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Which is Better? Property Manager vs. Self Management

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Managing a rental property can often feel like a constant balancing act between maximizing profits and minimizing headaches. Sometimes, you’re deep into numbers and legal fine print, and other times, you’re dealing with clogged drains and broken locks.

Whether you’re a first-time rental investor or a proud owner of multiple rental units, you know that efficient property management is the engine that moves your rental property investment forward. But what’s the best way to go about it? Should you manage your rental property by yourself, or will calling in the experts be more beneficial?

In this article, we weigh the pros and cons of professional property management and being a DIY landlord. We dive into the aspects of property management that matter the most, including time, cost savings, compliance with laws, and more.

Pros and Cons of Being a DIY Landlord

Benefits of Self-Managing Your Rental Property

First, let’s begin with the advantages of handling property management yourself. If you just have one rental that’s nearby, and you have extra time to spare, then being a DIY landlord could make sense, at least in the beginning. Here’s a look at some of the pros of being a DIY landlord:

  1. You Have Full Control Over the Decision-Making Process

One of the biggest perks of going the DIY route is having complete autonomy over every decision related to your rental properties. You call the shots, from setting rental rates to selecting tenants. This level of control can be empowering, especially if you have a clear vision for your investment strategy. The autonomy and personal touch of DIY management can be rewarding for landlords who enjoy hands-on involvement in their rental properties.

  1. You Have Direct Tenant Interaction

Being hands-on allows you to forge personal connections with the people living in your properties. You’re there to provide prompt and personalized service to keep your tenants happy, whether by considering a pet policy or providing better storage options. This direct communication fosters trust, making it easier to address issues and maintain tenant satisfaction. Plus, it gives you firsthand insight into the needs and preferences of your renters, allowing you to tailor your approach.

Cons of Self Managing Your Rental Property

On the other hand, there are some downsides to going the DIY route with property management. If you’re short on time, your property is in another city, and you just don’t have time to spend on maintenance on the weekends, then outsourcing to a property manager might make sense. Here’s a look at some downsides to being a DIY landlord:

  1. You’re Saddled With Time-Consuming Tasks

Finding responsible tenants is one of the most significant time-suckers in DIY management. Advertising your property, sorting through applications, thoroughly verifying references, and conducting interviews can quickly become a full-time job.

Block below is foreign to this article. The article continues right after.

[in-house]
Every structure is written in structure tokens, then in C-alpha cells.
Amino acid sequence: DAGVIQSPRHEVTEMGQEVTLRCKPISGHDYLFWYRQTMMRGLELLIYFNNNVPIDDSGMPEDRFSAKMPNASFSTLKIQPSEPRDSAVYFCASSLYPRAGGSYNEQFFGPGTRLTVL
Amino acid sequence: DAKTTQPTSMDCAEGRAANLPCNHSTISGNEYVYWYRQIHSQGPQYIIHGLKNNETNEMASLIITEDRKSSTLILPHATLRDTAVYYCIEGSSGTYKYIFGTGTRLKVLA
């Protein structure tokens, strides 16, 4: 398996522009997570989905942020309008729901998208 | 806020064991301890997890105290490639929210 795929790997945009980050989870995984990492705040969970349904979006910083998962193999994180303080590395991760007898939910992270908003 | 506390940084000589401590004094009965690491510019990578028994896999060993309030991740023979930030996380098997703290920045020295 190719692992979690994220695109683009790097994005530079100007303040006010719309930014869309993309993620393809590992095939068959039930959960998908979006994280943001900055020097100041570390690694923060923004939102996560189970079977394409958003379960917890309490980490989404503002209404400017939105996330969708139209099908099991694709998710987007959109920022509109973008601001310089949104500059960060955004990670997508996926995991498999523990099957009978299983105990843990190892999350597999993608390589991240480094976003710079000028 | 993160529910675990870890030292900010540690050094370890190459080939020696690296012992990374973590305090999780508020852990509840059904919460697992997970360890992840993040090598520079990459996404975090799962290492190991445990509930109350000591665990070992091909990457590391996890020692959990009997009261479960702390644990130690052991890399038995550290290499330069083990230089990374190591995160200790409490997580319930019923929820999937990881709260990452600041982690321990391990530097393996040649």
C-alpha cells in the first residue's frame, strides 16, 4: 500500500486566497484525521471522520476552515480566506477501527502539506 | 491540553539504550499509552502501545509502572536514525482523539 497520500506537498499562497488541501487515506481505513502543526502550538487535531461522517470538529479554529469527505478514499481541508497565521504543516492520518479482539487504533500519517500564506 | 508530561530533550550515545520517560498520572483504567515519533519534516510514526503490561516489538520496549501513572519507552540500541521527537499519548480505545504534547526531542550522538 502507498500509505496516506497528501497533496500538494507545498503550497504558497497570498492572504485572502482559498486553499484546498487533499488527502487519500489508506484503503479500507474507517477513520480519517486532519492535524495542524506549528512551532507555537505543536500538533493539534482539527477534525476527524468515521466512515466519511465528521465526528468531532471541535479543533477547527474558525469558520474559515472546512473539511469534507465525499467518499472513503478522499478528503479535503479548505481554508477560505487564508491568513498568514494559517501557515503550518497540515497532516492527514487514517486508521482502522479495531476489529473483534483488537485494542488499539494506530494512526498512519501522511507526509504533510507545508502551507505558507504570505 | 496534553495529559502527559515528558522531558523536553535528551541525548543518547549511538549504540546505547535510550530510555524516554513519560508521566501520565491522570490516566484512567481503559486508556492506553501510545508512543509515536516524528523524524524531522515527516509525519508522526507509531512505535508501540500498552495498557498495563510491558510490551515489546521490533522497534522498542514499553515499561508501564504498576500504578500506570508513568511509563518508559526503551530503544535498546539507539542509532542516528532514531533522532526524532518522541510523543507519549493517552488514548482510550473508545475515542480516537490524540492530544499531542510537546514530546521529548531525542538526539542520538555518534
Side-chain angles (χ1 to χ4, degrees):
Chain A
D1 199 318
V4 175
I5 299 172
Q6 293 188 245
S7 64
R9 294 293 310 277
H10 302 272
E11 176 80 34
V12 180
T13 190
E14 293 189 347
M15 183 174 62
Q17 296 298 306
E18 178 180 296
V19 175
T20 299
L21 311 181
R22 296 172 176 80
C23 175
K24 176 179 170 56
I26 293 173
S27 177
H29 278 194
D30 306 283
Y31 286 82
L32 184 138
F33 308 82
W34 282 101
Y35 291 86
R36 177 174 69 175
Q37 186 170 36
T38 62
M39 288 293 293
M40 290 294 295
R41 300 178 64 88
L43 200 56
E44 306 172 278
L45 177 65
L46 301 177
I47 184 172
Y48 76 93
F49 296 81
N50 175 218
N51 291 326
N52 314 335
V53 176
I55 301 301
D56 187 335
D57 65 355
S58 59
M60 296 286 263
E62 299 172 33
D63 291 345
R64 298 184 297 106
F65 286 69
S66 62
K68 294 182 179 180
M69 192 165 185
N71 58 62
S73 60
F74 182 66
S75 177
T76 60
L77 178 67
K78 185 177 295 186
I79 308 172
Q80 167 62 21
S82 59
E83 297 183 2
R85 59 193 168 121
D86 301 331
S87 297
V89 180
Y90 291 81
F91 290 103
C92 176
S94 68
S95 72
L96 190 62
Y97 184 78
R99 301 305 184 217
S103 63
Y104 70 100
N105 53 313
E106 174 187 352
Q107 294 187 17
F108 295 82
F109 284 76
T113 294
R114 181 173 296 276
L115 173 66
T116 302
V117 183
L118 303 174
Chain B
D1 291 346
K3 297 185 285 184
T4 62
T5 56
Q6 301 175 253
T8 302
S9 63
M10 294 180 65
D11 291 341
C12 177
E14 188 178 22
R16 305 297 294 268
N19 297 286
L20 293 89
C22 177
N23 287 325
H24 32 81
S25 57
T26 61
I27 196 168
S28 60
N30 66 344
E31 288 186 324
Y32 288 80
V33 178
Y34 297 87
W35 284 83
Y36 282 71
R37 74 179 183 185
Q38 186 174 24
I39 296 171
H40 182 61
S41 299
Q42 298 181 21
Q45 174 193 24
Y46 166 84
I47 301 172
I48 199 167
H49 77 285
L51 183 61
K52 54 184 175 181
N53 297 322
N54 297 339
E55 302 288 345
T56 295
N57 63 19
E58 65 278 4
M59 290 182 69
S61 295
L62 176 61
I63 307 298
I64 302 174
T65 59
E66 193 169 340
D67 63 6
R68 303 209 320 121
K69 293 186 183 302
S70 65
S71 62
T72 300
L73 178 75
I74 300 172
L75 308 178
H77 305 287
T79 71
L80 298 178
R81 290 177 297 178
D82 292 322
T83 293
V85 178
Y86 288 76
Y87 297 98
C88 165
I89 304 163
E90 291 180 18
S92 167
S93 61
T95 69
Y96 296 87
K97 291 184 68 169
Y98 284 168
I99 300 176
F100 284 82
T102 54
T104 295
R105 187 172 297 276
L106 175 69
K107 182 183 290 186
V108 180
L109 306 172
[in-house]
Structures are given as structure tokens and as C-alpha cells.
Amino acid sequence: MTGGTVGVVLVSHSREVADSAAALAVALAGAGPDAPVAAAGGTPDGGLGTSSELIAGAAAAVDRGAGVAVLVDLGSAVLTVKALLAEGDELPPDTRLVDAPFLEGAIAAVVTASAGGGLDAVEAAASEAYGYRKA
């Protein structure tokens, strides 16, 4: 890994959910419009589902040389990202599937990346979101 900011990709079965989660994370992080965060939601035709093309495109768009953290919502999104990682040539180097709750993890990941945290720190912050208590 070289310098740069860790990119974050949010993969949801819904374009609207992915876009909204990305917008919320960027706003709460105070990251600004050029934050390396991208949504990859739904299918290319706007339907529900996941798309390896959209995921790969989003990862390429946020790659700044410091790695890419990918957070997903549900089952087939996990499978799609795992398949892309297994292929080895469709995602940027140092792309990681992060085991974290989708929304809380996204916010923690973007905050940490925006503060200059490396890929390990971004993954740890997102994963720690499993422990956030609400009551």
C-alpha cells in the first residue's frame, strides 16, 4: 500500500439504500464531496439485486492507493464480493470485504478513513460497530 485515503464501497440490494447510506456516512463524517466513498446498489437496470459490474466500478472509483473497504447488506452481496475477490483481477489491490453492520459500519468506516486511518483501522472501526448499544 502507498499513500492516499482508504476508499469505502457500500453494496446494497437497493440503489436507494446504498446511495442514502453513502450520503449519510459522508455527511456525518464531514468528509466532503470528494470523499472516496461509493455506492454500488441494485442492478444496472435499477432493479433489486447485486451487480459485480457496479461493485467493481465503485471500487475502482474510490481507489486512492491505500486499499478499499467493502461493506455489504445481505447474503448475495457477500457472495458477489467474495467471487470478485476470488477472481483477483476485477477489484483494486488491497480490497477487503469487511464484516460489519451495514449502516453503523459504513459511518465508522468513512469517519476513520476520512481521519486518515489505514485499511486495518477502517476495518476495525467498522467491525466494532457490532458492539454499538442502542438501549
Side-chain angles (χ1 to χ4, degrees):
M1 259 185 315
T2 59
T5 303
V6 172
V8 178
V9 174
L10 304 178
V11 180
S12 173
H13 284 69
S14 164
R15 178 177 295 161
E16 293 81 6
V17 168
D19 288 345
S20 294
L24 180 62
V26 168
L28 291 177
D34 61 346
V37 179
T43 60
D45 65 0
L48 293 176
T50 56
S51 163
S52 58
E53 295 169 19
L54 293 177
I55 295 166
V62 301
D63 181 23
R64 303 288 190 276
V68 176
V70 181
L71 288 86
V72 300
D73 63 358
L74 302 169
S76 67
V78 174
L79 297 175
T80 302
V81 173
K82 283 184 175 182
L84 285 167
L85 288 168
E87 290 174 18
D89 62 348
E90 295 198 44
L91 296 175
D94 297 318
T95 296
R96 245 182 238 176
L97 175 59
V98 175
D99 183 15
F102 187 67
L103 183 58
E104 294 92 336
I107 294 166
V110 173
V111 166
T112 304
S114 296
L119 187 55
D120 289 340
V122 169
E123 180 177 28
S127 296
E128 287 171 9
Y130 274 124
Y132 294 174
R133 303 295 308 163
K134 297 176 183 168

Another area you might spend a lot of time on is troubleshooting problems. From pest problems to malfunctioning appliances, the landlord will be the first person a tenant calls for help. Coordinating with contractors, scheduling repairs, and ensuring work is done to your satisfaction can be a logistical challenge.

  1. A Lack of Expertise in Legal Matters Can Be Risky

Navigating through landlord-tenant laws and regulations requires a deep understanding of landlord-tenant laws. Legislation pertains to everything from proper eviction procedures to handling security deposit rules and varies from state to state. For the uninitiated, the road can be filled with potential pitfalls.

Furthermore, crafting ironclad lease agreements that protect your interests while remaining fair and compliant isn’t easy. DIY landlords may lack the legal expertise to draft comprehensive contracts as well. 

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  1. Potential for More Direct Costs

Direct expenses for materials, tools, and legal fees can eat into your profits and diminish your overall return on investment. These costs may include, but aren’t limited to:

  • Supplies for maintenance and repairs

  • Property management software for tenant screening and bookkeeping

  • Hiring a lawyer to draft lease agreements

Moreover, the DIY approach may lead to inefficiencies and oversights that result in additional costs down the line. Let’s say you try to handle an extensive repair by yourself. Without the necessary expertise or equipment, the work could result in a poor quality repair that requires costly fixes later on. 

  1. You Could Lose Out On Other Opportunities

DIY management may seem cost-effective on the surface, but it’s essential to consider the value of the time you invest in managing your rental properties. Time spent on DIY management tasks represents an opportunity cost. Every hour spent screening tenants, addressing maintenance issues, or handling legal matters could have been spent on higher value tasks or ventures.

  1. You Might Experience Stress and Burn-out

Financial Samurai founder Sam Dogen said that being a landlord “tests his faith in humanity sometimes.” The cost of DIY management extends beyond the dollar signs; its stress can also impact your overall well-being. In one survey, 88% of American landlords said they experience some stress in renting out their properties. This intangible cost is just as significant to consider when evaluating the actual cost of DIY management.

Pros of Hiring a Property Manager

One significant advantage of hiring a reputable property manager is knowing that your investment is in the hands of experienced professionals. 

Here are other benefits you could be enjoying:

  1. You Will Gain Back More of Your Time

Property managers handle everything from the big, time-consuming tasks to the nitty-gritty details, from collecting tenant applications and scheduling regular inspections to collecting rent on time every month. As a result, you’ll have more time to spare for other important aspects of your life or business, whether it’s pursuing new investment opportunities or simply enjoying some much needed  downtime.